Although Justin Vernon recently said that he had no future plans for Bon Iver, things could be looking more hopeful for Bon Iver fans.
This weekend saw the inaugural Eaux Claires Music & Arts Festival, organised by Vernon himself. Headlining Friday, Vernon and Surfjan Stevens surprised the crowd by joining The Nationals on stage. Then on Saturday during Bon Iver’s performance, Vernon debut a pair of new songs for his fans.
Its been a long four years since the last Bon Iver album was released, and three years since his last performance under the project. However the new songs were fairly familiar, deploying electronic elements that we have heard from Bon Iver in the past.
These days, there are a lot of music festivals, particularly in America. Thousands of people are put together with a buffet of headliners in established events, with organisers using a ‘the bigger the better’ approach, concerned over business interests. Emerging from a blur of summer music festivals – from Coachella to Lollapolooza, the Eaux Claires festival was a local and intimate celebration of music. The vision of Justin Vernon and The National’s Aaron Dessner was focused and well executed this weekend, crafting an intimate and laid-back festival experience.
The festival was the perfect setting for Vernon to take it back to where it all started. It must have been the most bewildering experience to go from recording songs in a nearby Wisconsin cabin to collaborating with Kanye West and winning a Grammy. So the return of Bon Iver in the place where everything had started for him made sense, especially considering how he recently revealed his mistakes in letting the pressures get to his music.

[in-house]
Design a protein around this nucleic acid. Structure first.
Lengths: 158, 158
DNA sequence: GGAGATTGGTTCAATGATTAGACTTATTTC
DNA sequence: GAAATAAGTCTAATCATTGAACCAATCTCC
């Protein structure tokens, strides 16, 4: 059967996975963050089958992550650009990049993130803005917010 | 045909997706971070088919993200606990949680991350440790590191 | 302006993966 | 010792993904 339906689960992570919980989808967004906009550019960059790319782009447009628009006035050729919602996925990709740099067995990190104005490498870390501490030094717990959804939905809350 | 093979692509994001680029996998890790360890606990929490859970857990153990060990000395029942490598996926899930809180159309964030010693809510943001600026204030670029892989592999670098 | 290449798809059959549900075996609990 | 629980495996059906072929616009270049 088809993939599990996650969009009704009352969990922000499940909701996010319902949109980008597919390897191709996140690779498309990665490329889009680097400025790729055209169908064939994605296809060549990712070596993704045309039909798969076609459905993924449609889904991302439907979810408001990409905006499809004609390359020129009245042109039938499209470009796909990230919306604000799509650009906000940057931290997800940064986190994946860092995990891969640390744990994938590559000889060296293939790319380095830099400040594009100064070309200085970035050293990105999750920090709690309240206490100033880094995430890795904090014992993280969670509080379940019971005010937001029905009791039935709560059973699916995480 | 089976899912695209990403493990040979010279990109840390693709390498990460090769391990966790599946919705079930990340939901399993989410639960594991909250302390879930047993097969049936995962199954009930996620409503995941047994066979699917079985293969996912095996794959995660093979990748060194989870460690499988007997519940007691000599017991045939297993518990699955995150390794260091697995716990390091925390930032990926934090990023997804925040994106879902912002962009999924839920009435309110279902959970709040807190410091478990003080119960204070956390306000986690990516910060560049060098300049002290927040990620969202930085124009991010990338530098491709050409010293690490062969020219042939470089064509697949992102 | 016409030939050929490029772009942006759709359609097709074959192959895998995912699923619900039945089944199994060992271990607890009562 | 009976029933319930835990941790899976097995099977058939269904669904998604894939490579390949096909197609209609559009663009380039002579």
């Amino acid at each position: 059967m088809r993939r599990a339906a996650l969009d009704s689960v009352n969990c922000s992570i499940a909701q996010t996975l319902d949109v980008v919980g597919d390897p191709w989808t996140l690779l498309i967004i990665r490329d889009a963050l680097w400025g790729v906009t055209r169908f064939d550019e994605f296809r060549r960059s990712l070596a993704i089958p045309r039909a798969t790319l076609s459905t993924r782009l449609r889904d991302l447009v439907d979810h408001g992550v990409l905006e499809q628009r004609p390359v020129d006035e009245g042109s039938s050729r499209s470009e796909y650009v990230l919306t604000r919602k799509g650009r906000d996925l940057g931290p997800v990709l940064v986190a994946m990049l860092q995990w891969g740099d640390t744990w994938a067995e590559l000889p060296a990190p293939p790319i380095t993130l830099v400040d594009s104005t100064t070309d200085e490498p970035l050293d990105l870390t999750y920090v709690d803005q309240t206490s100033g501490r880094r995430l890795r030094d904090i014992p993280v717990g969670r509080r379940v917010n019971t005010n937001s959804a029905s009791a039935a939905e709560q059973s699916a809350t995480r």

“I didn’t really have a chance to really have a full-blooded, wide-eyed perspective on what was happening to me and my squad with the Bon Iver stuff. And I think we made a few mistakes, as far as, like, bending. At the same time, I don’t have any regrets. But I think we made a few mistakes as far as letting it, they, them, the world, the pressures, the pattern, the subscribed thing kind of spoil certain aspects of it — i.e., enjoying playing music.”
Vernon’s performance on Saturday concluded with an acoustic performance of Skinny Love, sans intricate vocal layering. It was an intimate performance showcasing his true colours, allowing him to reclaim his down-to-earth roots. And the aggressively local vibes at the idiosyncratic festival formed the perfect outlet for Vernon to express this.
It also created a platform for other artists to collaborate for a festival where it otherwise wouldn’t have worked for them. For many indie artists, the established ethos and character of major music festivals don’t work for their performances – “I’m always afraid I’m going to get Lyme disease or an STD,” Stevens once joked.
However, like Stevens, many of the performing artists had strong ties to Vernon – when Stevens was having troubles finishing Carrie & Lowie, Vernon invited him to Wisconsin to clear his mind. Many were long time associates of Vernon such as The National, others shared a common home town, and The Staves recorded one of their albums If I Was Here in Vernon’s studio.
Because the show was run by performers, closely working for the needs of other performers, the festival was a pure celebration of the artist executed with the impeccable creative design of Michael Brown. It was music for music’s sake, or as put by Stevens, “like a 48 hour episode of My Little Pony.”
Watch Justin Vernon perform the new Bon Iver songs below.